Mark Hellweg started Clive Coffee in 2008 with a plan: sell chic brewing equipment to caffeine obsessives. His single employee—himself—shipped every Technivorm brewer ($265) and precision grinder ($900) from a frigid Southeast Portland warehouse.
In its first year of business, Clive grossed about $1 million. Hellweg soon upgraded to a gallery-like retail showroom, where today polished espresso machines gleam and curving glass carafes glow. You can find such places in many cities. Hellweg’s real distinction—which makes Clive a particularly Portlandian success story—lies in his ambitions not merely to sell, but to make new products and subtly steer his industry. Hellweg hires local craftspeople to design custom products, like a seductive pour-over stand carved from salvaged Oregon walnut. And while the details remain confidential, he plans to start local manufacture of significantly more complex brewing equipment soon.
“Portland is a great place to start a business,” Hellweg says. “There’s this hum of people making things, designing things.”
Thanks to entrepreneurs like Hellweg, Portland’s coffee scene, often viewed just as a symptom of lifestyle geekery run amok, has become an intriguing example of how Portland can reap global influence—and turn that clout into cash.
“People are pausing and saying, ‘there’s something to this.’”
—Matt Lounsbury, Stumptown Coffee
Portland is not a major import center for coffee beans; most of the West Coast’s supply goes through Oakland and Seattle. With $13 billion in global sales, Seattle’s Starbucks probably makes more money in an hour than Portland’s whole coffee world turns over in a year. But when it comes to shaping how the nation and world buy, make, learn about, and consume this small but important daily ritual, the city emerges as a tastemaking power.
Walk into a great café in a stylish foreign capital—Oslo, perhaps, or Mexico City—and you’re very likely to find gear made by Able Brewing Equipment behind the counter. In 2010, Keith Gehrke, cofounder of Portland’s Coava Coffee, designed the Kone, a reusable stainless steel filter for making pour-over coffee. Gehrke left Coava and founded Able in 2012 to focus on perfecting the Kone and the Able Brewing System, a handsome ceramic brewer. He has shipped 5,000 of the steel filters since July.
Gehrke has hired local talent for prototyping, ceramic casting, engineering, web design, photography, branding, and packaging. (Able’s beautiful boxes are an addiction in themselves.) The global coffee elite has hungrily gobbled it up.
Three national coffee magazines based here—Barista, Roast, and Fresh Cup—have made Portland the specialty coffee industry’s media center. They recently were joined by an online competitor, Sprudge.com. Launched in Seattle in 2009 as a tiny news site for coffee insiders, Sprudge moved to Portland last year. Its annual 5 million visitors probably constitute the nation’s largest industry audience and support founders Zachary Carlsen and Jordan Michelman as full-time editor/writers. They hope to take their national reputation global by hiring contributors from coffee-centric cities like London, Seoul, and Melbourne within a few years.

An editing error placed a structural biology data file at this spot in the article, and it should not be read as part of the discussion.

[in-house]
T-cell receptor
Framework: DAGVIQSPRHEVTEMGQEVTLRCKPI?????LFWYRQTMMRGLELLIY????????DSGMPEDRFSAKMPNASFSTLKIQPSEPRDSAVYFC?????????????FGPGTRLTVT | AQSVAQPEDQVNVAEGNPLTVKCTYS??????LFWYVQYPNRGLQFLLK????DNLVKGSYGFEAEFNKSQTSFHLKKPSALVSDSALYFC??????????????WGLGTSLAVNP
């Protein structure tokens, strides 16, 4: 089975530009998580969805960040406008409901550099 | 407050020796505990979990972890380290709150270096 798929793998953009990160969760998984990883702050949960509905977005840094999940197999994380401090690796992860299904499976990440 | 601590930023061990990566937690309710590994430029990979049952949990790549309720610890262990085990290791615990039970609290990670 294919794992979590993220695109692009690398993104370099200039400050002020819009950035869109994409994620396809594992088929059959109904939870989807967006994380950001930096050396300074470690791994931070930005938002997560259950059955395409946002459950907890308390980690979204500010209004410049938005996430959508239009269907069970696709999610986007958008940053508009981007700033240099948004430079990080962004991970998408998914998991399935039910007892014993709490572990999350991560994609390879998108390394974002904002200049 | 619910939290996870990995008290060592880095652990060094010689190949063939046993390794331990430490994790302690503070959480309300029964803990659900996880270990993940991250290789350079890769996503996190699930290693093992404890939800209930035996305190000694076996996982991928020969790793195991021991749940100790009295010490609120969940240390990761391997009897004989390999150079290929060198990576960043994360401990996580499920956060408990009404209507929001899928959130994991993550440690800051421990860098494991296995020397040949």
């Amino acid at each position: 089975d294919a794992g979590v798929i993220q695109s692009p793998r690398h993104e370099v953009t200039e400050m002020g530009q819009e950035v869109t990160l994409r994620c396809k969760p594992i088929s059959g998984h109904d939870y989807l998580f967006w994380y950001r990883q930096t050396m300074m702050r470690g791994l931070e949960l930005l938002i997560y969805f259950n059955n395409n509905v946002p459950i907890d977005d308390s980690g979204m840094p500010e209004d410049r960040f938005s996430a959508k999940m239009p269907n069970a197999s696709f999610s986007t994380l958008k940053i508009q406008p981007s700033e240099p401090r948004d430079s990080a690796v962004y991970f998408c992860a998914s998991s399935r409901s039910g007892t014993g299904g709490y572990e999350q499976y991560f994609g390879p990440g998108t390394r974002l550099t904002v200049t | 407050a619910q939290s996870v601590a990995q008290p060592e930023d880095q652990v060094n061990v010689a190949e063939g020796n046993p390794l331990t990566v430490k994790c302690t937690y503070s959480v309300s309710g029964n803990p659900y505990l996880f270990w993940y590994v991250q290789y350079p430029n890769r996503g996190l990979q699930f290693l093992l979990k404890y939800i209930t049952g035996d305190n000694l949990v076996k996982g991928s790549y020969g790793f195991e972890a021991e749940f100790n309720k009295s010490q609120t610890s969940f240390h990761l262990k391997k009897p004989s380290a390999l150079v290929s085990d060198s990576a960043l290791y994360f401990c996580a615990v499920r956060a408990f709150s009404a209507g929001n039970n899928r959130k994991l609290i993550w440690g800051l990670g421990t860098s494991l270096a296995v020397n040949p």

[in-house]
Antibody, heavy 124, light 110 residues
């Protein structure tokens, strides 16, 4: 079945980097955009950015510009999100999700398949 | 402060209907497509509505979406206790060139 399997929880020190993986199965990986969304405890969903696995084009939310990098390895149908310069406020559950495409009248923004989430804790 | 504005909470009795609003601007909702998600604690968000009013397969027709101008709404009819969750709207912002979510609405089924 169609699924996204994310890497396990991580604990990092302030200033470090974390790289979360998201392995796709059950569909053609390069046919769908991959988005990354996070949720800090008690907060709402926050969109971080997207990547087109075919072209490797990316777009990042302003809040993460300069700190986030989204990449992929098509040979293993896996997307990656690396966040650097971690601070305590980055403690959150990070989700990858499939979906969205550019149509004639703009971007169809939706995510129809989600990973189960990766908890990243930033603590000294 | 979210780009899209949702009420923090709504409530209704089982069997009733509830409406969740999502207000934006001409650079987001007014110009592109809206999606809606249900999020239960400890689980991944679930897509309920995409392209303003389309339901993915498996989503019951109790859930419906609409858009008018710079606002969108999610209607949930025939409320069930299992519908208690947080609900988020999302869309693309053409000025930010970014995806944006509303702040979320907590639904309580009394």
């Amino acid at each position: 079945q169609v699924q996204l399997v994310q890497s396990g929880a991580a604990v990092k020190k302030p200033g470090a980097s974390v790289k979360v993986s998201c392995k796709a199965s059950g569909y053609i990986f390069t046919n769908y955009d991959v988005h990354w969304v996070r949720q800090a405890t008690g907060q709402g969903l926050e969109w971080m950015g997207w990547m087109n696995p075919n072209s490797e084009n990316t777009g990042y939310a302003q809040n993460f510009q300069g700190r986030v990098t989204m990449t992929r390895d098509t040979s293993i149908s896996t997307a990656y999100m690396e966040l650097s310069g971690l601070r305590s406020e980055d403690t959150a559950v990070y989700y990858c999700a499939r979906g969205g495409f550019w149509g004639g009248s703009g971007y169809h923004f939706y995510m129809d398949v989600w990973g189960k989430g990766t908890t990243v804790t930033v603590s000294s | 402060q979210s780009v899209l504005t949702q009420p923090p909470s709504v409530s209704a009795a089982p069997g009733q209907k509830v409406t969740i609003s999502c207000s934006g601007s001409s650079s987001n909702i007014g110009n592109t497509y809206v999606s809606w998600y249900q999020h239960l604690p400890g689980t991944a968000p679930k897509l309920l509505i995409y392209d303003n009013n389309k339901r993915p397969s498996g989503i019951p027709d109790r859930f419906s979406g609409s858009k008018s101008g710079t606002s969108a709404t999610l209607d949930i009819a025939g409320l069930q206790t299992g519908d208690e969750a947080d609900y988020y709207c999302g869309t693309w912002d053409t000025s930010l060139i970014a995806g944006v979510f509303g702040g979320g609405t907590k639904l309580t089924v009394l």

“Portland was supposed to be a one-night stand,” says Michelman, “but now we’re married.”
A new digital start-up, TresPlace, aims to give Portland another national voice. Users of TresPlace will search for high-end cafés across the country and be rewarded with rich profiles featuring writing, photography, and video from local artists. “Portland is the epicenter of specialty coffee,” says cofounder Ryan Michael Weilert, 25, who moved to Portland expressly to launch TresPlace. He is now in hot pursuit of venture capital.
The boldest analogy for this artisan-level business’s potential may come from a different industry. “We don’t grow coffee here,” says economist Joe Cortright. “And we don’t manufacture shoes here. But both Portland’s coffee business and its athletic apparel industry trace their roots to discerning customers.” Portland’s rise in coffee influence echoes the arc the city traveled in footwear as Nike latched on to Oregon’s early-adopter enthusiasm for fitness, then lured designers, and then other companies to start or relocate here.
The leader (if not quite the Phil Knight) of the pack: Stumptown’s Duane Sorenson, who started the company in a broom-closet-size café in 1999 and in 2011 landed a private-equity investment—undisclosed but considered hefty—to fuel expansion. Last summer, the company opened a new 37,000-square-foot headquarters in Southeast Portland, with US Rep. Earl Blumenauer, Mayor Sam Adams, and state Treasurer Ted Wheeler on hand to gnaw through a fat red ribbon with cartoonishly large scissors.
Caffeine is unlikely to spawn a Nike/Adidas-caliber “cluster.” But those taste-fixated customers have fostered businesses (like Stumptown) built around fine-grained details (like tiny batches of ultrapremium beans purchased from individual farms) that few focused on before. If Portland has an edge in this world, it may be the guts to chase the next trend—a pioneering ethic the leaders of our coffee vanguard share.